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Invasive plant takes root in bureaucracy


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POSTED: Monday, March 23, 2009

THE state Department of Transportation has wisely sought help from plant experts to research native vegetation for effective ground cover along state roadways.

The goal is to identify plants that will not need permanent irrigation systems, mowing and use of herbicides, reducing maintenance and environmental costs. Native plantings also eliminate the problems invasive species can cause.

Unfortunately, because of bureaucratic entanglements, a highly invasive succulent was recently put in along a Puuloa Road landscaping project.

The non-native species called the “;ice plant”; had been rejected for projects after the department learned that the South African introduction had cost California millions of dollars to remove.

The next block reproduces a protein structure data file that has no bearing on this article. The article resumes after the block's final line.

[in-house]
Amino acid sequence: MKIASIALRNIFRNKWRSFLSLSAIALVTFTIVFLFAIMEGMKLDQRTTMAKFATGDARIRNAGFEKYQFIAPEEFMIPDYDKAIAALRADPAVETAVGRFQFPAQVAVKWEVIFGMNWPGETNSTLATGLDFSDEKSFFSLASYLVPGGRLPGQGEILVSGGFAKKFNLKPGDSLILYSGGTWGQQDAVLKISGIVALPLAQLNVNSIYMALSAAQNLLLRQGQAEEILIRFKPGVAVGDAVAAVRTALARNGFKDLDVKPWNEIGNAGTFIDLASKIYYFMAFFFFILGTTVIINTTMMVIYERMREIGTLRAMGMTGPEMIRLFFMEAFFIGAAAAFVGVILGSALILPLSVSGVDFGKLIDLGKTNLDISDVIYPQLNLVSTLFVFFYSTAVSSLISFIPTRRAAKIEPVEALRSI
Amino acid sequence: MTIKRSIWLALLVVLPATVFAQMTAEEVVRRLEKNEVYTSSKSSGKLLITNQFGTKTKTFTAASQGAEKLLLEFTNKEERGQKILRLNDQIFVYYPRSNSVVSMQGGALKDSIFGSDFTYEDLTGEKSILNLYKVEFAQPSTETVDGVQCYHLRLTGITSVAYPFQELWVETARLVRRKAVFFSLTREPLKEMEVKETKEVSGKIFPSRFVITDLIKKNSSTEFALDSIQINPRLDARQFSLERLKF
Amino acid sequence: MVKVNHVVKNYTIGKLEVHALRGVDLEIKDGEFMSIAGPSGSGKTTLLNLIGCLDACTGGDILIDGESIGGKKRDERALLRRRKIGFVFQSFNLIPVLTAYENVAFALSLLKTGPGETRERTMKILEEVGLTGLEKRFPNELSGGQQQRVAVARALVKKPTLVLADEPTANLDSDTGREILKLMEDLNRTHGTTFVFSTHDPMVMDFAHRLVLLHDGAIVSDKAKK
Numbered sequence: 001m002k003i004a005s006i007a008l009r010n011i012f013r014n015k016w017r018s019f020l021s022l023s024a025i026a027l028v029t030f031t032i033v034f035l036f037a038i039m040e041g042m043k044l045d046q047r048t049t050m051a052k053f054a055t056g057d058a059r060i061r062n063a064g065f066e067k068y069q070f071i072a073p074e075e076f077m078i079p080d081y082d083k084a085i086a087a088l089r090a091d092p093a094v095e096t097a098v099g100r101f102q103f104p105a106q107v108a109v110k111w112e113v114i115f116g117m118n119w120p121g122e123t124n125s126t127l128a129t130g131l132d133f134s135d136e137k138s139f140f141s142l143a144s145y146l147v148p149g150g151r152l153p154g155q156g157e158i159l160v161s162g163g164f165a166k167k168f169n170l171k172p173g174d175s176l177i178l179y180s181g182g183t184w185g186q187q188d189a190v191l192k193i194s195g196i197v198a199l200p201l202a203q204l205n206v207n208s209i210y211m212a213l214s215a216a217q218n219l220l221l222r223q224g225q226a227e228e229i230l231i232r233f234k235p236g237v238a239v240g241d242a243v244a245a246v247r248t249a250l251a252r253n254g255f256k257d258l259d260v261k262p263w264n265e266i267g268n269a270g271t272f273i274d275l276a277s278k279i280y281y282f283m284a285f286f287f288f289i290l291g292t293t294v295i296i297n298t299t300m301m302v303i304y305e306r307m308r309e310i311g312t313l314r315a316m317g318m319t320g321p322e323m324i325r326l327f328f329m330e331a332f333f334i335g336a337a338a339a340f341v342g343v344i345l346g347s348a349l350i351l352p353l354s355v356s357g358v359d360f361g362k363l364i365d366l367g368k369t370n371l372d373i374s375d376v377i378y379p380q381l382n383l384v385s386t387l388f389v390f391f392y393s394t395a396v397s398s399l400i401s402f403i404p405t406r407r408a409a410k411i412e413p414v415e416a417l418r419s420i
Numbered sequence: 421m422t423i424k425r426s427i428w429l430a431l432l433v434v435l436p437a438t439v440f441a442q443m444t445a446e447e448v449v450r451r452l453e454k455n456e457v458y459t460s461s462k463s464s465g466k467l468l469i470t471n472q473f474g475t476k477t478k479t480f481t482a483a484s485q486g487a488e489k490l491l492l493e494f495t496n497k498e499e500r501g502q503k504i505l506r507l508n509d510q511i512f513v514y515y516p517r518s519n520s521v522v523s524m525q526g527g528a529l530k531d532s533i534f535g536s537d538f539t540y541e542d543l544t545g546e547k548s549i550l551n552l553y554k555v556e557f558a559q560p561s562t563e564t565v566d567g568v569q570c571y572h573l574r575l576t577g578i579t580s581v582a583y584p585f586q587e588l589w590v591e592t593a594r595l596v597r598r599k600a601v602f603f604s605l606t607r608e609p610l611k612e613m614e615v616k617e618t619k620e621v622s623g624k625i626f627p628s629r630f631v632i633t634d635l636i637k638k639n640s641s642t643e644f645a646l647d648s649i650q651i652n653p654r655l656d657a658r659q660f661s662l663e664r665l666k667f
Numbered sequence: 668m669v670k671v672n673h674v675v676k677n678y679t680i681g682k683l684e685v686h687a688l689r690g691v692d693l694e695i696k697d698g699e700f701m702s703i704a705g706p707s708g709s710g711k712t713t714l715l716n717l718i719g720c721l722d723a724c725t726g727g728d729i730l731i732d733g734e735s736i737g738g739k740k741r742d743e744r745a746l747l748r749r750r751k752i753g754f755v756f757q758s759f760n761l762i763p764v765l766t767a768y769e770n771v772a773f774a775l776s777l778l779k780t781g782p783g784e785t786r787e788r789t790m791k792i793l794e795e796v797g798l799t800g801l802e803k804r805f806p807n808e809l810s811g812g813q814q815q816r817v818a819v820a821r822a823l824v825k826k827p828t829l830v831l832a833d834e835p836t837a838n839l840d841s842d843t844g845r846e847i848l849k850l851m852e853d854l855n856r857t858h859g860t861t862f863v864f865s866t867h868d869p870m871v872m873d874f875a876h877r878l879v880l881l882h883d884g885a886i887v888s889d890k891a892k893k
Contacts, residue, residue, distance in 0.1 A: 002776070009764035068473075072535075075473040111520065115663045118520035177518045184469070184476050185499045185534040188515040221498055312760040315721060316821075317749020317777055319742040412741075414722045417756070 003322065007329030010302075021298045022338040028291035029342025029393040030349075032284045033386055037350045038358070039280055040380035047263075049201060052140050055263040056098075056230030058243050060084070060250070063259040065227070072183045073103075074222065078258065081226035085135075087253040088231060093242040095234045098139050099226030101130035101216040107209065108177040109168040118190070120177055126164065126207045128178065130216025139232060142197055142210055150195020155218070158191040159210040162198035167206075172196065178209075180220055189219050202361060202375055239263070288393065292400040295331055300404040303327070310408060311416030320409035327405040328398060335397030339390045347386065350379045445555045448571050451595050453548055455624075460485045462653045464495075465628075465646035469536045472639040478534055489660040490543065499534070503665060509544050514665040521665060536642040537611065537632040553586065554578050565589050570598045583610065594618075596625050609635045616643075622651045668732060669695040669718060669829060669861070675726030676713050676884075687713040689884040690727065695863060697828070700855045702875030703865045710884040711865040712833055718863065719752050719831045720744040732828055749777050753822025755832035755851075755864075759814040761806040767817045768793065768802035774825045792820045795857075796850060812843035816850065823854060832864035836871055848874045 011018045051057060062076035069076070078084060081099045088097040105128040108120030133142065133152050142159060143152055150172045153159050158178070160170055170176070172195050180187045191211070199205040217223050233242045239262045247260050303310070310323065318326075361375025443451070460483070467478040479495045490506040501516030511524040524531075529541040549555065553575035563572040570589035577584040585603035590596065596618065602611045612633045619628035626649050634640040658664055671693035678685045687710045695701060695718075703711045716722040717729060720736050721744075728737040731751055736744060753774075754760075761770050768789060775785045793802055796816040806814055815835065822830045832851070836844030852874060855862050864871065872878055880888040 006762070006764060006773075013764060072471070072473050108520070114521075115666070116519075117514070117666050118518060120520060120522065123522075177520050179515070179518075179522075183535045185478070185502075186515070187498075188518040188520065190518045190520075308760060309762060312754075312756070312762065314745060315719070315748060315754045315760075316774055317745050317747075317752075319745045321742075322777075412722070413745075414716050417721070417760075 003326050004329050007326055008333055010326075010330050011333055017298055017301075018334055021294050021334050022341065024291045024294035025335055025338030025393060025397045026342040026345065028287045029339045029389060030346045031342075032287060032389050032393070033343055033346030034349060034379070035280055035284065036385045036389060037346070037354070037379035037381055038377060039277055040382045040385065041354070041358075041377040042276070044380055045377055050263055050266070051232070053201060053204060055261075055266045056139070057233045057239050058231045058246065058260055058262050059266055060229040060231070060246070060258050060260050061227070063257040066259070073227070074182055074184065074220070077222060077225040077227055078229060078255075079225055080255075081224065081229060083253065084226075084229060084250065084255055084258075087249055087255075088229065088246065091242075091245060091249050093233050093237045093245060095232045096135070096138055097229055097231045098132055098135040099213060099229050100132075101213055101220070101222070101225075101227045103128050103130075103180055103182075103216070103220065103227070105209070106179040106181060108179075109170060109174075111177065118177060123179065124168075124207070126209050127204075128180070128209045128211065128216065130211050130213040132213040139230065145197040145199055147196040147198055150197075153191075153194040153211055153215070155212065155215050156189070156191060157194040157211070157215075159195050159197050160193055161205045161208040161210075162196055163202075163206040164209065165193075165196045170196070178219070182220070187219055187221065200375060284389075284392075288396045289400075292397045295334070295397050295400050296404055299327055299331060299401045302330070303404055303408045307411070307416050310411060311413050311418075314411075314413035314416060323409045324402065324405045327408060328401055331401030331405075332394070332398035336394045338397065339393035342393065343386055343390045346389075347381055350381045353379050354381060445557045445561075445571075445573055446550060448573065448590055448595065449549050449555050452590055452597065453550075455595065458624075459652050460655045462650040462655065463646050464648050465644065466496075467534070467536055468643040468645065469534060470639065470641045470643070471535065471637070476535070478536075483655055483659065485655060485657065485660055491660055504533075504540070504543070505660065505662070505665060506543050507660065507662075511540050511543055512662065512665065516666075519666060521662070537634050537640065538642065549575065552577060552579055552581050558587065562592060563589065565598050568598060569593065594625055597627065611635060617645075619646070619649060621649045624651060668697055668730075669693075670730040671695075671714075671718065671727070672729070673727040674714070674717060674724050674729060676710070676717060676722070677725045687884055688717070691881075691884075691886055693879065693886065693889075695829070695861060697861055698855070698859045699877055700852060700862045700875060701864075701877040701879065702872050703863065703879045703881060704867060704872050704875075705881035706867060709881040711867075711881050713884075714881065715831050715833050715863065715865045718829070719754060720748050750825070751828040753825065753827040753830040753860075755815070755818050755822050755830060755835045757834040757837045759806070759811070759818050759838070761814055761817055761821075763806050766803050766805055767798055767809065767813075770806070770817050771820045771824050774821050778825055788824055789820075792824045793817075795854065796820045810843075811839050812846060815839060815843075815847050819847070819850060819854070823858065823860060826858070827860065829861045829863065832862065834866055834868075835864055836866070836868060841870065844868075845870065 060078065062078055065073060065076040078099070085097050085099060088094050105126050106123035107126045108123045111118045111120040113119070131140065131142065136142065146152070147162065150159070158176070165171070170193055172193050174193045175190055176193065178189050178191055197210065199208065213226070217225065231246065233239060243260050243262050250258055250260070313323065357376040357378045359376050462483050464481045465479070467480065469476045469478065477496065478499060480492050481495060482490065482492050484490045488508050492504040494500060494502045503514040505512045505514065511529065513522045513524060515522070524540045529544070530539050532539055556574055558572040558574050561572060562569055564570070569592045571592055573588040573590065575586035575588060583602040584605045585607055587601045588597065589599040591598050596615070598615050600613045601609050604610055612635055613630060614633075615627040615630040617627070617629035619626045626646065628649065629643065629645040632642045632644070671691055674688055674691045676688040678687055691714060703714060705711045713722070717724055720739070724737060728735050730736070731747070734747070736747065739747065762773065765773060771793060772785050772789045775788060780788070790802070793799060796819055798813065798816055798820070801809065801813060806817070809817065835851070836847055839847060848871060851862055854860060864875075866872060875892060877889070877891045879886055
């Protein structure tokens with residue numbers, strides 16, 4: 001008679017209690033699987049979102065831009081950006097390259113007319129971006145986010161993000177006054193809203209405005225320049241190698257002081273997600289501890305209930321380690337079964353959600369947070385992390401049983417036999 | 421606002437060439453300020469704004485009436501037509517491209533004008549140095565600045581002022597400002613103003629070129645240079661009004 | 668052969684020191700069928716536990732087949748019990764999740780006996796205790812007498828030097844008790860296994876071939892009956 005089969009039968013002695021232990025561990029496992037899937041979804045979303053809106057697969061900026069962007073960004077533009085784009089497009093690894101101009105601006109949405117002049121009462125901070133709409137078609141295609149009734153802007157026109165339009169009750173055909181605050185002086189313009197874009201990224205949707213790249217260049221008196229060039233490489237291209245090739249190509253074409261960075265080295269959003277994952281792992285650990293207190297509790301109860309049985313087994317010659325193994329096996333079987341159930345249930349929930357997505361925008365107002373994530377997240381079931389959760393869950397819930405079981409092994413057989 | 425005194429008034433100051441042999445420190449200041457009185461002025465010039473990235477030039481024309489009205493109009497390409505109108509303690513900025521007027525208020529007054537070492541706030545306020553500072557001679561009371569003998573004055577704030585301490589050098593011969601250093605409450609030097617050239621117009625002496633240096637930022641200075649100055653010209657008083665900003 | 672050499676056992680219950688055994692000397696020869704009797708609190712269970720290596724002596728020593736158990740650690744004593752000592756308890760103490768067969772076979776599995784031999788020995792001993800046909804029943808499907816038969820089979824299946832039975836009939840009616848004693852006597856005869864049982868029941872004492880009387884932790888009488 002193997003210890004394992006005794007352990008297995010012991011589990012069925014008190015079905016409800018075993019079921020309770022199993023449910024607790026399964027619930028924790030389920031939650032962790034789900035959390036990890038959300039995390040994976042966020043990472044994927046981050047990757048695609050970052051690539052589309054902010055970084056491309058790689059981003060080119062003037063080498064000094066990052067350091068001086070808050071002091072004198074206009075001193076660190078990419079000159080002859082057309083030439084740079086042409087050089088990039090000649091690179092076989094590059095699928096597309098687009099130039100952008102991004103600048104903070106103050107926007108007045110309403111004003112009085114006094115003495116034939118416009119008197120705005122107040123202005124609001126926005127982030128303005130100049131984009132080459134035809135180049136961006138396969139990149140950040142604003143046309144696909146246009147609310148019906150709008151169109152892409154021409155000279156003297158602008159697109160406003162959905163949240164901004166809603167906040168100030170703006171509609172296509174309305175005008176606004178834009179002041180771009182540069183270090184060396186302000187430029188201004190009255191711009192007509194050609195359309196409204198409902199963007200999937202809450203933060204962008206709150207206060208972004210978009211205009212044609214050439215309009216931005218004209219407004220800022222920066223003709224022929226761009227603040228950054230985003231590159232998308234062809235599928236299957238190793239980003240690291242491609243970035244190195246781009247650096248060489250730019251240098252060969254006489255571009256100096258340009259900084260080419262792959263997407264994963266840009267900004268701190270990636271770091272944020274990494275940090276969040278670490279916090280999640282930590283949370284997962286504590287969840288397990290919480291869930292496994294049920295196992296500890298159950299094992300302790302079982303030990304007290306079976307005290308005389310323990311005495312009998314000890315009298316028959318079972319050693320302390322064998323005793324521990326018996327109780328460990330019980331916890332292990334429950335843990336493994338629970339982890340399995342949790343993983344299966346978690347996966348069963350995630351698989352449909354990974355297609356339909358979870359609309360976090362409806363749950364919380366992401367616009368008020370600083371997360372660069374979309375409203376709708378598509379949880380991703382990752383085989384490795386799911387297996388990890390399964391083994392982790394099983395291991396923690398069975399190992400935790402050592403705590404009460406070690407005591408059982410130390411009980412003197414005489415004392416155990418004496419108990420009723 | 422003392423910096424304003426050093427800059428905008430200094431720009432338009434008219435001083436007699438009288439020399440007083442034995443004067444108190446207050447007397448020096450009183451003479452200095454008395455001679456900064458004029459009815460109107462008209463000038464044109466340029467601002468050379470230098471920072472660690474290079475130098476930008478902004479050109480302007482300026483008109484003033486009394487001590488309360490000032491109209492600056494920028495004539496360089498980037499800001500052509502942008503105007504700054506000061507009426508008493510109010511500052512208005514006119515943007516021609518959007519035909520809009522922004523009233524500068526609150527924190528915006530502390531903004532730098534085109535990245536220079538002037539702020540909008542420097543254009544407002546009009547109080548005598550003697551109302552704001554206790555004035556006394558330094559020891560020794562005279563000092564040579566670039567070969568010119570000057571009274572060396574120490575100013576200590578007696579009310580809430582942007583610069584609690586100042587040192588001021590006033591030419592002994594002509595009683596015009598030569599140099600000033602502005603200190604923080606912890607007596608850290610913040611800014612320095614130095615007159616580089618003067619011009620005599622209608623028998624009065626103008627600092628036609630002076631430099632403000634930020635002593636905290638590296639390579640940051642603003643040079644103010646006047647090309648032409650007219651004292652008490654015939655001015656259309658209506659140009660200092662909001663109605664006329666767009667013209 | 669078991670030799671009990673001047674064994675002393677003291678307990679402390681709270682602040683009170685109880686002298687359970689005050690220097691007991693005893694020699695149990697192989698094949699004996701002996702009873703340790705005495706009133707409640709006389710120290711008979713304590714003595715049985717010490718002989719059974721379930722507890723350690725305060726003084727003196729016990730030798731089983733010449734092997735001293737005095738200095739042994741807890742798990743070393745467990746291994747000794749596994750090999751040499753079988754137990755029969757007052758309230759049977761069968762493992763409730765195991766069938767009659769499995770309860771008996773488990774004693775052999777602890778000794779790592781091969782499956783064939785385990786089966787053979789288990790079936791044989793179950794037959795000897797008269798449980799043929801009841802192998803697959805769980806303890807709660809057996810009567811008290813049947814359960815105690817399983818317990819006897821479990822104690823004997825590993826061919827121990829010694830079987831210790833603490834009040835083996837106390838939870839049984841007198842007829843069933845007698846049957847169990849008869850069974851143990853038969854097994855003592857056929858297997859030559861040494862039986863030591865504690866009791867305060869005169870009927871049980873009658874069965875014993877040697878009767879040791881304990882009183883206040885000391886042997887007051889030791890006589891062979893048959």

The department said the project was designed in 2004, before problems with the ice plant were known, and that changes would have added costs.

While it's fine for the department to be frugal, officials may have made a penny-wise and pound-foolish decision. Ice plants easily reproduce through seeds generated year-round and by rootings of segments or shoots. They form solid mats that block other growth, compete for water and change soil acidity. Herbicides don't eliminate them; in most cases, the plants must be dug up, all of its parts removed to prevent regrowth.

The ice plant incident should be the department's last fumble. The program it is developing to list bad plants and make planting natives easier and cheaper is sensible. Kudos to Christopher Dacus, a landscape architect for the department, who proposed the idea five years ago when he joined the agency.